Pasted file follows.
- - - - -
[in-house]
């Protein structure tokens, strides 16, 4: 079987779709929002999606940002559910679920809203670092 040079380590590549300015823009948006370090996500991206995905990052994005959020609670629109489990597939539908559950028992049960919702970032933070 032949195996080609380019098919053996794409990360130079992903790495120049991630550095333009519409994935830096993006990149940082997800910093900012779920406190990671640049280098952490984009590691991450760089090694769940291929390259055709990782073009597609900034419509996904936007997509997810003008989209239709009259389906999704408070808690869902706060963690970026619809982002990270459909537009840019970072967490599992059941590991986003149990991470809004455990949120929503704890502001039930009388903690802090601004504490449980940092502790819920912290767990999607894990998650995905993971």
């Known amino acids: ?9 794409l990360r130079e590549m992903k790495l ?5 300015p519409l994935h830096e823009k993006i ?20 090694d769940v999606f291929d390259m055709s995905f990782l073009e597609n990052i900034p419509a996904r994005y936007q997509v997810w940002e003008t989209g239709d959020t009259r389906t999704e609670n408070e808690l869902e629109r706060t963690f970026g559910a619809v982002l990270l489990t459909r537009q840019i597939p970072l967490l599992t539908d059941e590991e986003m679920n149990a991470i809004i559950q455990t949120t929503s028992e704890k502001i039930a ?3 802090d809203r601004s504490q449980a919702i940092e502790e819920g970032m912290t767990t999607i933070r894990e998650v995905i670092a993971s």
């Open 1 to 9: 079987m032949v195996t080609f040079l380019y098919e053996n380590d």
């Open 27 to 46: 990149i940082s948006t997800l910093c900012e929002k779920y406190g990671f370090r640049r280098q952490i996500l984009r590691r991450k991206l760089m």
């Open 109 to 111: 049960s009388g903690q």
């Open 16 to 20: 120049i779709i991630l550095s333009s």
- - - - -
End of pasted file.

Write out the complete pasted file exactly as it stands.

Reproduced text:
[in-house]
């Protein structure tokens, strides 16, 4: 079987779709929002999606940002559910679920809203670092 040079380590590549300015823009948006370090996500991206995905990052994005959020609670629109489990597939539908559950028992049960919702970032933070 032949195996080609380019098919053996794409990360130079992903790495120049991630550095333009519409994935830096993006990149940082997800910093900012779920406190990671640049280098952490984009590691991450760089090694769940291929390259055709990782073009597609900034419509996904936007997509997810003008989209239709009259389906999704408070808690869902706060963690970026619809982002990270459909537009840019970072967490599992059941590991986003149990991470809004455990949120929503704890502001039930009388903690802090601004504490449980940092502790819920912290767990999607894990998650995905993971």
């Known amino acids: ?9 794409l990360r130079e590549m992903k790495l ?5 300015p519409l994935h830096e823009k993006i ?20 090694d769940v999606f291929d390259m055709s995905f990782l073009e597609n990052i900034p419509a996904r994005y936007q997509v997810w940002e003008t989209g239709d959020t009259r389906t999704e609670n408070e808690l869902e629109r706060t963690f970026g559910a619809v982002l990270l489990t459909r537009q840019i597939p970072l967490l599992t539908d059941e590991e986003m679920n149990a991470i809004i559950q455990t949120t929503s028992e704890k502001i039930a ?3 802090d809203r601004s504490q449980a919702i940092e502790e819920g970032m912290t767990t999607i933070r894990e998650v995905i670092a993971s």
């Open 1 to 9: 079987m032949v195996t080609f040079l380019y098919e053996n380590d």
């Open 27 to 46: 990149i940082s948006t997800l910093c900012e929002k779920y406190g990671f370090r640049r280098q952490i996500l984009r590691r991450k991206l760089m």
């Open 109 to 111: 049960s009388g903690q």
């Open 16 to 20: 120049i779709i991630l550095s333009s």